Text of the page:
This aspect of the present invention is accordingly directed toward the lengthening of one or more of the cutting guides through the use of removable stabilizers which are temporarily attached to the body. This feature builds upon concepts disclosed in reference to FIG. 6 of the '361 patent, in particular, which teaches the use of an extension block to carry out box cuts. However, although the following discussion and drawings reference a combination trial and cutting guide of the type disclosed in this issued patent, it should be understood that these removable stabilizers are applicable to other bone-cutting situations and, in fact, may be applied to cutting guides even if they are not shaped to function as a trial device.

As illustrated in FIG. 1, stabilizers 12 and 14 are temporarily and removably attached to a cutting guide 10, thereby effectively lengthening the surface against which a saw or other cutting device uses as a guide with respect to a resection procedure. The stabilizers may include a single, extended flat surface such as that provided by block 12, or may include slots, as shown with respect to block 14, or both surfaces and slots in combination with additional features.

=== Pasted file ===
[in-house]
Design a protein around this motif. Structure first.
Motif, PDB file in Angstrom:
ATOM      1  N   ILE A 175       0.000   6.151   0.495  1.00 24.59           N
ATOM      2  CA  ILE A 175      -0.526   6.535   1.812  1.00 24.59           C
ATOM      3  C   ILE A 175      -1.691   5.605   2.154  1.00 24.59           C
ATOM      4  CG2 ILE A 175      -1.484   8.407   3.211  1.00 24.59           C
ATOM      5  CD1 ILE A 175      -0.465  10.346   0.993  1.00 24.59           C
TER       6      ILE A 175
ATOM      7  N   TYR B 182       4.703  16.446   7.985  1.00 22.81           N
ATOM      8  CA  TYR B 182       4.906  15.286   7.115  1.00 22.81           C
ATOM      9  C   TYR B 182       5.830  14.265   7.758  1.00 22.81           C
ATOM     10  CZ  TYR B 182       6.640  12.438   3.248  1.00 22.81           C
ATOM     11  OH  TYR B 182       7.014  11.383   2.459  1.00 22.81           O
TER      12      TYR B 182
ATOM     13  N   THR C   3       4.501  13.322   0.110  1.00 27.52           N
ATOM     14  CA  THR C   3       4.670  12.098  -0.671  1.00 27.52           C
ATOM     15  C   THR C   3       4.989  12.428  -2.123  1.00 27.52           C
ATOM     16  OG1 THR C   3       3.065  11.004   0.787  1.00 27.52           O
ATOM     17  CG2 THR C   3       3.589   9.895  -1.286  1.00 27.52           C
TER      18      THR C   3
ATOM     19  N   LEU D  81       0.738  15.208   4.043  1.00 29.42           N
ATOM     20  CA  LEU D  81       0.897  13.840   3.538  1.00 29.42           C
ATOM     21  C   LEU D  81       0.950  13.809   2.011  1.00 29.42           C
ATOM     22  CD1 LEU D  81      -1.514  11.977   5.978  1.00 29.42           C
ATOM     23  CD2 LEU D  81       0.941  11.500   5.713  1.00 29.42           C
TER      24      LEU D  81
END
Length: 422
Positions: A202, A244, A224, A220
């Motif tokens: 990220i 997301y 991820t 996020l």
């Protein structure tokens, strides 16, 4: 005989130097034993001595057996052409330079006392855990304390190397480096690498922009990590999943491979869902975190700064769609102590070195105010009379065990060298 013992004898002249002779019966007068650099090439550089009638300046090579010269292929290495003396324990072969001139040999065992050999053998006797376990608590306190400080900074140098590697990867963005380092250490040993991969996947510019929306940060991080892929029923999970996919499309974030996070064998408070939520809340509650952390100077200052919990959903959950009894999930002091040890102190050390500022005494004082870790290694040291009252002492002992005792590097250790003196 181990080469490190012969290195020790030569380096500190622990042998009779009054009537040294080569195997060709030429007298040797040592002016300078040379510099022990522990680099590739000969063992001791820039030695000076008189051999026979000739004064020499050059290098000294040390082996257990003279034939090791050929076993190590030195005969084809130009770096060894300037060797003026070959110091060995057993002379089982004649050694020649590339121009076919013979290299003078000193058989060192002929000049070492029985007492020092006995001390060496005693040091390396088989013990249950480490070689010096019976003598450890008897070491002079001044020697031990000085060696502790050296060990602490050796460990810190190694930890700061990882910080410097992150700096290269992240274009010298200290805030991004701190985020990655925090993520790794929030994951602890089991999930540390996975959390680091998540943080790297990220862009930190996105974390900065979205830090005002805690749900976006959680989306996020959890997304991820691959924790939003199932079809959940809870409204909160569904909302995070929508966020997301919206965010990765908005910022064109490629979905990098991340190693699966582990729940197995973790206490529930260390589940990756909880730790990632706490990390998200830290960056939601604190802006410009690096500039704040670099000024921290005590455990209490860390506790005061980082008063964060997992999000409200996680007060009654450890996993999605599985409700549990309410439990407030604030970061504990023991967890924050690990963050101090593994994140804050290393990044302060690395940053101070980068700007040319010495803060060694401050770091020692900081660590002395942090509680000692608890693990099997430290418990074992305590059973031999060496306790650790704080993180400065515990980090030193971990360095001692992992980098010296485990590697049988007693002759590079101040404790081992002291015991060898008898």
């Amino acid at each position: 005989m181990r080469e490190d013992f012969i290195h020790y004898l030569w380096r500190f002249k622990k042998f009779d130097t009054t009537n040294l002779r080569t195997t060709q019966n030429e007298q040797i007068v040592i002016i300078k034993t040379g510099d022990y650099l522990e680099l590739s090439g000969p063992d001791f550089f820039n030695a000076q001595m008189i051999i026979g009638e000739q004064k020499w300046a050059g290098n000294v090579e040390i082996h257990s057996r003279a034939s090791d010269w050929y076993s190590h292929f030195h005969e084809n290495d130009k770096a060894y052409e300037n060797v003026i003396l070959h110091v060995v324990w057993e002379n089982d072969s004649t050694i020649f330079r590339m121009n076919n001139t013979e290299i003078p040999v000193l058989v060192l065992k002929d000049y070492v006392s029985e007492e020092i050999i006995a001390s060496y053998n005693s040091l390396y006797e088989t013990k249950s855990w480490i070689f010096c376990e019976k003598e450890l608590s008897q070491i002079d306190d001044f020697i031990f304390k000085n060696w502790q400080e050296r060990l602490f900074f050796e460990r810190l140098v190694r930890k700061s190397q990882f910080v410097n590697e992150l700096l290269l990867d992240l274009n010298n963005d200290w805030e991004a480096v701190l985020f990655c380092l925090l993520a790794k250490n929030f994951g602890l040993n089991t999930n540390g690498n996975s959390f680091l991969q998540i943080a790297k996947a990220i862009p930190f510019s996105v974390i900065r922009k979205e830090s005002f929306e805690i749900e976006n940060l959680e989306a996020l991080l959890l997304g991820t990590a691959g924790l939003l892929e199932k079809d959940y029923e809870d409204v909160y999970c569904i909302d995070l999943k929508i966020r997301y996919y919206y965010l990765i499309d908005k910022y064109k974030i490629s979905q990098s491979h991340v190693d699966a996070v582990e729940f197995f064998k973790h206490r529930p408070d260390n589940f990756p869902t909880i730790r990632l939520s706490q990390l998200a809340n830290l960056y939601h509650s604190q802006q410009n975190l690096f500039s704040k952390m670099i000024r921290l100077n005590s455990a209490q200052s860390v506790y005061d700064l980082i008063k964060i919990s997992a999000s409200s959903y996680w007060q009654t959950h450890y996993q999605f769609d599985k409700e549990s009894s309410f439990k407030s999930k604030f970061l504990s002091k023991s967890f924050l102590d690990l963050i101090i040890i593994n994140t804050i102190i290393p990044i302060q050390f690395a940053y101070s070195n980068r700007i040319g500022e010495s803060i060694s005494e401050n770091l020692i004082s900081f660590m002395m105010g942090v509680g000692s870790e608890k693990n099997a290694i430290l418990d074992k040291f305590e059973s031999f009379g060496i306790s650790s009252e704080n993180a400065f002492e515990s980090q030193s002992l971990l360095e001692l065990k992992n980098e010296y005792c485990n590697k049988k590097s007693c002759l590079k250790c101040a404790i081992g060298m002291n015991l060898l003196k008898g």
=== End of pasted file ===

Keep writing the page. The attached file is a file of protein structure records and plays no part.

The stabilizers may be temporarily affixed to the cutting guide in a number of ways, including removable machine screws or Allen screws, or detachable snaps which use pressure to apply and remove the members. As a further alternative, a stabilizer such as 16 may include a feature which fits into an adjacent slot to provide temporary positioning. The application of the stabilizers according to the invention is not limited to the slots, openings or positions illustrated in the drawing, but may be used in conjunction with any provided cutting surface. Procedurally, the method of use would follow that disclosed in the '361 patent, in that a reduction would be performed and, upon a successful trial, the resections would be carried, as required, with the addition of these slot extensions being used for further tool stabilization as disclosed herein.